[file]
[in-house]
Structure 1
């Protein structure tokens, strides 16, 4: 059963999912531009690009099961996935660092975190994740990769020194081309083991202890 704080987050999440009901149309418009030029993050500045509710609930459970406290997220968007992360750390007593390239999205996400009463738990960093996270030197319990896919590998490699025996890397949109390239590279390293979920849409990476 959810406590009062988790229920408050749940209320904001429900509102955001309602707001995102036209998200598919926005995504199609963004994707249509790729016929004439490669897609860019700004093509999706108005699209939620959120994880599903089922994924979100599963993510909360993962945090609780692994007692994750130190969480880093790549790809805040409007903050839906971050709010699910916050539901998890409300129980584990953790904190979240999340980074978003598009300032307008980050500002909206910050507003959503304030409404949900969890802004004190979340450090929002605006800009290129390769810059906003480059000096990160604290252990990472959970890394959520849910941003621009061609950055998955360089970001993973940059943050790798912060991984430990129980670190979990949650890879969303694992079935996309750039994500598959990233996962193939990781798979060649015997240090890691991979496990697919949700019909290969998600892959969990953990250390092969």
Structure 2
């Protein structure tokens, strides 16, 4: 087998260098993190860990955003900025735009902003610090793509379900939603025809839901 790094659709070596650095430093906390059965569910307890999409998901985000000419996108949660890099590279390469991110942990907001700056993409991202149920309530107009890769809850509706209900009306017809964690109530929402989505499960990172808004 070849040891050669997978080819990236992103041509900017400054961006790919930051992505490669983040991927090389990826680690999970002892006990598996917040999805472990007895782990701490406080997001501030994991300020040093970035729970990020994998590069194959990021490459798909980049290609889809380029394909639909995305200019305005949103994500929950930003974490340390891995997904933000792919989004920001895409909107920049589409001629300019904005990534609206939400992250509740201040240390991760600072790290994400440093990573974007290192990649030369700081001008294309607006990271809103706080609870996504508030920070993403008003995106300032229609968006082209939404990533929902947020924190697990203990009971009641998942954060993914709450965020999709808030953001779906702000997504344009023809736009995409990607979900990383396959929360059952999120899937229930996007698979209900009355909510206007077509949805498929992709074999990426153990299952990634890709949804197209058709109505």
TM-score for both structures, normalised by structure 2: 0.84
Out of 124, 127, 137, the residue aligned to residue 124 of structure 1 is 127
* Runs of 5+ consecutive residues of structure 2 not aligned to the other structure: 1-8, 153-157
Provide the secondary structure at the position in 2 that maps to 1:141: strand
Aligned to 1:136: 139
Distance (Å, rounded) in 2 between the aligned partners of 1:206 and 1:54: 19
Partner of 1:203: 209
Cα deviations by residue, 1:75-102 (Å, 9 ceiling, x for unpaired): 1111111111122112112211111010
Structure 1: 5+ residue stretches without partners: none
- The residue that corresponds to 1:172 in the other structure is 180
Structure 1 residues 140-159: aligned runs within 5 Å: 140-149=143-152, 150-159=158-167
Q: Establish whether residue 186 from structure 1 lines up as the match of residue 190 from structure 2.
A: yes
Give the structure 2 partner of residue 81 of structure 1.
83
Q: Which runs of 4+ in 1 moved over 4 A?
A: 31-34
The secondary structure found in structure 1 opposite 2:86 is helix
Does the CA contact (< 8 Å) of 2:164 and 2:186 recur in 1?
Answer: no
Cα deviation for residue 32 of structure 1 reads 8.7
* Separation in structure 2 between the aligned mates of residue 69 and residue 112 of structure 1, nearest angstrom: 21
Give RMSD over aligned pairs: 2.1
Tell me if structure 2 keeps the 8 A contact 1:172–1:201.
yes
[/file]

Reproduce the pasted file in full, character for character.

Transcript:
[in-house]
Structure 1
């Protein structure tokens, strides 16, 4: 059963999912531009690009099961996935660092975190994740990769020194081309083991202890 704080987050999440009901149309418009030029993050500045509710609930459970406290997220968007992360750390007593390239999205996400009463738990960093996270030197319990896919590998490699025996890397949109390239590279390293979920849409990476 959810406590009062988790229920408050749940209320904001429900509102955001309602707001995102036209998200598919926005995504199609963004994707249509790729016929004439490669897609860019700004093509999706108005699209939620959120994880599903089922994924979100599963993510909360993962945090609780692994007692994750130190969480880093790549790809805040409007903050839906971050709010699910916050539901998890409300129980584990953790904190979240999340980074978003598009300032307008980050500002909206910050507003959503304030409404949900969890802004004190979340450090929002605006800009290129390769810059906003480059000096990160604290252990990472959970890394959520849910941003621009061609950055998955360089970001993973940059943050790798912060991984430990129980670190979990949650890879969303694992079935996309750039994500598959990233996962193939990781798979060649015997240090890691991979496990697919949700019909290969998600892959969990953990250390092969």
Structure 2
């Protein structure tokens, strides 16, 4: 087998260098993190860990955003900025735009902003610090793509379900939603025809839901 790094659709070596650095430093906390059965569910307890999409998901985000000419996108949660890099590279390469991110942990907001700056993409991202149920309530107009890769809850509706209900009306017809964690109530929402989505499960990172808004 070849040891050669997978080819990236992103041509900017400054961006790919930051992505490669983040991927090389990826680690999970002892006990598996917040999805472990007895782990701490406080997001501030994991300020040093970035729970990020994998590069194959990021490459798909980049290609889809380029394909639909995305200019305005949103994500929950930003974490340390891995997904933000792919989004920001895409909107920049589409001629300019904005990534609206939400992250509740201040240390991760600072790290994400440093990573974007290192990649030369700081001008294309607006990271809103706080609870996504508030920070993403008003995106300032229609968006082209939404990533929902947020924190697990203990009971009641998942954060993914709450965020999709808030953001779906702000997504344009023809736009995409990607979900990383396959929360059952999120899937229930996007698979209900009355909510206007077509949805498929992709074999990426153990299952990634890709949804197209058709109505």
TM-score for both structures, normalised by structure 2: 0.84
Out of 124, 127, 137, the residue aligned to residue 124 of structure 1 is 127
* Runs of 5+ consecutive residues of structure 2 not aligned to the other structure: 1-8, 153-157
Provide the secondary structure at the position in 2 that maps to 1:141: strand
Aligned to 1:136: 139
Distance (Å, rounded) in 2 between the aligned partners of 1:206 and 1:54: 19
Partner of 1:203: 209
Cα deviations by residue, 1:75-102 (Å, 9 ceiling, x for unpaired): 1111111111122112112211111010
Structure 1: 5+ residue stretches without partners: none
- The residue that corresponds to 1:172 in the other structure is 180
Structure 1 residues 140-159: aligned runs within 5 Å: 140-149=143-152, 150-159=158-167
Q: Establish whether residue 186 from structure 1 lines up as the match of residue 190 from structure 2.
A: yes
Give the structure 2 partner of residue 81 of structure 1.
83
Q: Which runs of 4+ in 1 moved over 4 A?
A: 31-34
The secondary structure found in structure 1 opposite 2:86 is helix
Does the CA contact (< 8 Å) of 2:164 and 2:186 recur in 1?
Answer: no
Cα deviation for residue 32 of structure 1 reads 8.7
* Separation in structure 2 between the aligned mates of residue 69 and residue 112 of structure 1, nearest angstrom: 21
Give RMSD over aligned pairs: 2.1
Tell me if structure 2 keeps the 8 A contact 1:172–1:201.
yes